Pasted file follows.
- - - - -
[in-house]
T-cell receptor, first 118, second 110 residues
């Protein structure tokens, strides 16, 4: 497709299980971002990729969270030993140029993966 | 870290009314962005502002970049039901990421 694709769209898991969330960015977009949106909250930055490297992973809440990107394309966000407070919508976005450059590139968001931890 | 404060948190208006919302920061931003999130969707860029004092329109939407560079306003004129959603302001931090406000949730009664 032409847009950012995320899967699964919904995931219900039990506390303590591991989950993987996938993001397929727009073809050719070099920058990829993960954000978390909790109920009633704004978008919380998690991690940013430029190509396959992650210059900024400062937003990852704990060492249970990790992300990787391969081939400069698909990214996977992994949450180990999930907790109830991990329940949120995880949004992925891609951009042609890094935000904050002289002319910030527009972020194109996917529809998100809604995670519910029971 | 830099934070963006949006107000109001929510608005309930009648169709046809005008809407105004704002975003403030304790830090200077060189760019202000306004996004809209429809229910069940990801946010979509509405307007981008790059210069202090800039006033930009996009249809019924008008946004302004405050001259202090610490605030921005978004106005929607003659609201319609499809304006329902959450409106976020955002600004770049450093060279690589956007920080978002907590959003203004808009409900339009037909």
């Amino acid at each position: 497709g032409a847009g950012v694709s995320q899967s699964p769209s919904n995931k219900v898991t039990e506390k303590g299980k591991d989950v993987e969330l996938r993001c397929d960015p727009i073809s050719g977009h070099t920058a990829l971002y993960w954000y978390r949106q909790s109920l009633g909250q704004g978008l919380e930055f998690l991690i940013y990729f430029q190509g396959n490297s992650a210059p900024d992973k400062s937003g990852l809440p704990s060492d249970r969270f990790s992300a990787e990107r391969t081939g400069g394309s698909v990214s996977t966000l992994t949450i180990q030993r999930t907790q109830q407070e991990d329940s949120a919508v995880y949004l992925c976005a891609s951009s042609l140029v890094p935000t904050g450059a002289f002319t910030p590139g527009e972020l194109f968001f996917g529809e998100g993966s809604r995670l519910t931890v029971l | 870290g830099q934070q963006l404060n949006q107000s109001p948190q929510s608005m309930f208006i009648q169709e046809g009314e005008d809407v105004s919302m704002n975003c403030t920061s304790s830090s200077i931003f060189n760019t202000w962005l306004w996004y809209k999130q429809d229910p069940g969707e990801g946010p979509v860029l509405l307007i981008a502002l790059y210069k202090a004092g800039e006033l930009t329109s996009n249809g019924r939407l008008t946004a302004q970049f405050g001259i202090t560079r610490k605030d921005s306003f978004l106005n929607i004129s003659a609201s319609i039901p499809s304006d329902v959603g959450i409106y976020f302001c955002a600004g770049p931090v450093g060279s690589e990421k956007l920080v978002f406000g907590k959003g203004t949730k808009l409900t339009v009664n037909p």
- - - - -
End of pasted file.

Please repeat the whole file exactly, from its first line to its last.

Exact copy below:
[in-house]
T-cell receptor, first 118, second 110 residues
């Protein structure tokens, strides 16, 4: 497709299980971002990729969270030993140029993966 | 870290009314962005502002970049039901990421 694709769209898991969330960015977009949106909250930055490297992973809440990107394309966000407070919508976005450059590139968001931890 | 404060948190208006919302920061931003999130969707860029004092329109939407560079306003004129959603302001931090406000949730009664 032409847009950012995320899967699964919904995931219900039990506390303590591991989950993987996938993001397929727009073809050719070099920058990829993960954000978390909790109920009633704004978008919380998690991690940013430029190509396959992650210059900024400062937003990852704990060492249970990790992300990787391969081939400069698909990214996977992994949450180990999930907790109830991990329940949120995880949004992925891609951009042609890094935000904050002289002319910030527009972020194109996917529809998100809604995670519910029971 | 830099934070963006949006107000109001929510608005309930009648169709046809005008809407105004704002975003403030304790830090200077060189760019202000306004996004809209429809229910069940990801946010979509509405307007981008790059210069202090800039006033930009996009249809019924008008946004302004405050001259202090610490605030921005978004106005929607003659609201319609499809304006329902959450409106976020955002600004770049450093060279690589956007920080978002907590959003203004808009409900339009037909």
């Amino acid at each position: 497709g032409a847009g950012v694709s995320q899967s699964p769209s919904n995931k219900v898991t039990e506390k303590g299980k591991d989950v993987e969330l996938r993001c397929d960015p727009i073809s050719g977009h070099t920058a990829l971002y993960w954000y978390r949106q909790s109920l009633g909250q704004g978008l919380e930055f998690l991690i940013y990729f430029q190509g396959n490297s992650a210059p900024d992973k400062s937003g990852l809440p704990s060492d249970r969270f990790s992300a990787e990107r391969t081939g400069g394309s698909v990214s996977t966000l992994t949450i180990q030993r999930t907790q109830q407070e991990d329940s949120a919508v995880y949004l992925c976005a891609s951009s042609l140029v890094p935000t904050g450059a002289f002319t910030p590139g527009e972020l194109f968001f996917g529809e998100g993966s809604r995670l519910t931890v029971l | 870290g830099q934070q963006l404060n949006q107000s109001p948190q929510s608005m309930f208006i009648q169709e046809g009314e005008d809407v105004s919302m704002n975003c403030t920061s304790s830090s200077i931003f060189n760019t202000w962005l306004w996004y809209k999130q429809d229910p069940g969707e990801g946010p979509v860029l509405l307007i981008a502002l790059y210069k202090a004092g800039e006033l930009t329109s996009n249809g019924r939407l008008t946004a302004q970049f405050g001259i202090t560079r610490k605030d921005s306003f978004l106005n929607i004129s003659a609201s319609i039901p499809s304006d329902v959603g959450i409106y976020f302001c955002a600004g770049p931090v450093g060279s690589e990421k956007l920080v978002f406000g907590k959003g203004t949730k808009l409900t339009v009664n037909p």